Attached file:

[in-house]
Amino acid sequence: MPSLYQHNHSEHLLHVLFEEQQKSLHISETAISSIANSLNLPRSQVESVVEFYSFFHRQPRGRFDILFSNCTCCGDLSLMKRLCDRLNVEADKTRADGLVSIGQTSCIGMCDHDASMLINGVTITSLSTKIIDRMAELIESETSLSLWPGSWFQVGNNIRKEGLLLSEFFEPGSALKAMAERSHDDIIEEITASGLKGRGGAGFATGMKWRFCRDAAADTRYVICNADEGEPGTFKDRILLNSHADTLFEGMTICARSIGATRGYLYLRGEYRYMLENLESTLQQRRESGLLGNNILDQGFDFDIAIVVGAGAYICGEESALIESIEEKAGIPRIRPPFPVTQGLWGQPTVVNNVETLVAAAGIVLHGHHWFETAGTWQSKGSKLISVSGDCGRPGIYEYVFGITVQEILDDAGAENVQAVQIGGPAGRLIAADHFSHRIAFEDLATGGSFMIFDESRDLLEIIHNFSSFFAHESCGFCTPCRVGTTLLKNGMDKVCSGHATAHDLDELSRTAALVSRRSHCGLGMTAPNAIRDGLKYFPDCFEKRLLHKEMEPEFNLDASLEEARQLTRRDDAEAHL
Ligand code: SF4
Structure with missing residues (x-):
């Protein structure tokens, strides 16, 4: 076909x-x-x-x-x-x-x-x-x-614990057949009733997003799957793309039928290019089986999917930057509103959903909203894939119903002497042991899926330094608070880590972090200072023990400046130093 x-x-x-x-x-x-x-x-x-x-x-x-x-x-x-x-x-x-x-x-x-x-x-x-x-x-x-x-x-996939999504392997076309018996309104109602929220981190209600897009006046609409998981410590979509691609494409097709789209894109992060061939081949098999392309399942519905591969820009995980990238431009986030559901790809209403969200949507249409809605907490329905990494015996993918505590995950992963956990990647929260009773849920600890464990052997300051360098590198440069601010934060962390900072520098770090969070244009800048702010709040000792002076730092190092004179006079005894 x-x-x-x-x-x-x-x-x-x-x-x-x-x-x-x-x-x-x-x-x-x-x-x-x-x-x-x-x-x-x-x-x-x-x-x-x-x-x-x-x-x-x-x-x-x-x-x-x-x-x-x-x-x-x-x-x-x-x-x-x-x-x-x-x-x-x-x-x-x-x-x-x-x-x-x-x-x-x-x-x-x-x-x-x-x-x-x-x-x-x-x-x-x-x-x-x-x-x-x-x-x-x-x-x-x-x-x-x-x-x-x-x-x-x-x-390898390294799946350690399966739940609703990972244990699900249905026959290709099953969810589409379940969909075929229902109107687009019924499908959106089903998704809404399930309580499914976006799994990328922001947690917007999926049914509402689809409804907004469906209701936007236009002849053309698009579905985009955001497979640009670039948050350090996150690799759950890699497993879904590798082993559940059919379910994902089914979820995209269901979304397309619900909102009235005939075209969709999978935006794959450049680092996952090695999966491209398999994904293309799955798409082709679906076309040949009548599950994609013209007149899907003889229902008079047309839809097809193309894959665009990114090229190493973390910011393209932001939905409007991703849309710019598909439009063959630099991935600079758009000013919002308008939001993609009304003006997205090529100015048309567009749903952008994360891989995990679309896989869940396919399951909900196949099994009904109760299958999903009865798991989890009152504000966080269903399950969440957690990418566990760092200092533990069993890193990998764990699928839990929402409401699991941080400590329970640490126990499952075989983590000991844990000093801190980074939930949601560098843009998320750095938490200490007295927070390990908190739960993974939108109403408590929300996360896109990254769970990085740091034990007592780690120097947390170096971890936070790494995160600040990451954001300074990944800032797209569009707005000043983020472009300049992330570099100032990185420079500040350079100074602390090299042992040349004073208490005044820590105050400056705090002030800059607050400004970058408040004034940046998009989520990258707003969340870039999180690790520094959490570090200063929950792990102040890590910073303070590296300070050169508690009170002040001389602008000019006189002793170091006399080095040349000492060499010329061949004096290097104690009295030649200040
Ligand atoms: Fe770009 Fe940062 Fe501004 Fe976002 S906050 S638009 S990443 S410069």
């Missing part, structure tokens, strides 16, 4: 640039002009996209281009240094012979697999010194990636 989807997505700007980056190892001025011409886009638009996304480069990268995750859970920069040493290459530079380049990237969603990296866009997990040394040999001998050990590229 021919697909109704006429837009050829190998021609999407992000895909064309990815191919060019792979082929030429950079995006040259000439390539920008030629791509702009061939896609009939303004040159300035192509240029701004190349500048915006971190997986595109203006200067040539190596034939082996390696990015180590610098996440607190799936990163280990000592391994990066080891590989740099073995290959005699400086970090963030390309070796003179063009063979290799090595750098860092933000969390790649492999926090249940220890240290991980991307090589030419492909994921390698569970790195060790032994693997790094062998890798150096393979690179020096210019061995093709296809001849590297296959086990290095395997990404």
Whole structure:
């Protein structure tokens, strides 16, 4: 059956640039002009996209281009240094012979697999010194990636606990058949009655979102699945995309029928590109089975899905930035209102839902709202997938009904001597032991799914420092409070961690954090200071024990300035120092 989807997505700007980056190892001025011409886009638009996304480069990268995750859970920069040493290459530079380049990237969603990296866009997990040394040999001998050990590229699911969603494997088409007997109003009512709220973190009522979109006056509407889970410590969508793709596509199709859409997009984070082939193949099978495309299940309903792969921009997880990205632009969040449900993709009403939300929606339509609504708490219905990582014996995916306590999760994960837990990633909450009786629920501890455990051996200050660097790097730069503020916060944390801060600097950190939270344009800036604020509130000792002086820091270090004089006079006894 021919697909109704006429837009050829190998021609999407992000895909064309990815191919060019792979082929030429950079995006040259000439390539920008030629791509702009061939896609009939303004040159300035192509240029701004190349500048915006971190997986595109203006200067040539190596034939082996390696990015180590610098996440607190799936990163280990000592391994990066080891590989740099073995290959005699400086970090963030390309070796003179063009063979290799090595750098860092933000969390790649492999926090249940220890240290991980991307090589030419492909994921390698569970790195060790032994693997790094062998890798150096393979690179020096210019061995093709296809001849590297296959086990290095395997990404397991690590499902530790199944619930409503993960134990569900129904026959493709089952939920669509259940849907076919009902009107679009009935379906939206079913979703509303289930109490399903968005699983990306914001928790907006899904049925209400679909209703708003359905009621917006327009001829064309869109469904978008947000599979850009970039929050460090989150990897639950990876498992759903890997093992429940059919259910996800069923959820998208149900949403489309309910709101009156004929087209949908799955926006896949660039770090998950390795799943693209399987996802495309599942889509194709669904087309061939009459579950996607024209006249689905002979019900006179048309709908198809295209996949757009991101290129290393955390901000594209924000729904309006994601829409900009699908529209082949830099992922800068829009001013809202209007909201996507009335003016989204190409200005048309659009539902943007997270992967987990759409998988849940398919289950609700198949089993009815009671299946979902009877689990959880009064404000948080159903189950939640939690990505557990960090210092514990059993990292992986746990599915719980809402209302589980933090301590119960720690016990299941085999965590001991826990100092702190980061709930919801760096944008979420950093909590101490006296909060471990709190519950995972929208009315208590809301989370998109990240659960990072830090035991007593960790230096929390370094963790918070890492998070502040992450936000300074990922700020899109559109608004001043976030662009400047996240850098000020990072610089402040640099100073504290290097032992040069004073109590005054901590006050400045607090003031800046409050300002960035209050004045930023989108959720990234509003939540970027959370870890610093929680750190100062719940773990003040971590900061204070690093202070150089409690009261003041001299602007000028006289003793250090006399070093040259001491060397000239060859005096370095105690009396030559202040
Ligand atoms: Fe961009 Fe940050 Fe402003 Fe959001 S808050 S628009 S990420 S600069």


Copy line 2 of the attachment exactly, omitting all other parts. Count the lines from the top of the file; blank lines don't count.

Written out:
Amino acid sequence: MPSLYQHNHSEHLLHVLFEEQQKSLHISETAISSIANSLNLPRSQVESVVEFYSFFHRQPRGRFDILFSNCTCCGDLSLMKRLCDRLNVEADKTRADGLVSIGQTSCIGMCDHDASMLINGVTITSLSTKIIDRMAELIESETSLSLWPGSWFQVGNNIRKEGLLLSEFFEPGSALKAMAERSHDDIIEEITASGLKGRGGAGFATGMKWRFCRDAAADTRYVICNADEGEPGTFKDRILLNSHADTLFEGMTICARSIGATRGYLYLRGEYRYMLENLESTLQQRRESGLLGNNILDQGFDFDIAIVVGAGAYICGEESALIESIEEKAGIPRIRPPFPVTQGLWGQPTVVNNVETLVAAAGIVLHGHHWFETAGTWQSKGSKLISVSGDCGRPGIYEYVFGITVQEILDDAGAENVQAVQIGGPAGRLIAADHFSHRIAFEDLATGGSFMIFDESRDLLEIIHNFSSFFAHESCGFCTPCRVGTTLLKNGMDKVCSGHATAHDLDELSRTAALVSRRSHCGLGMTAPNAIRDGLKYFPDCFEKRLLHKEMEPEFNLDASLEEARQLTRRDDAEAHL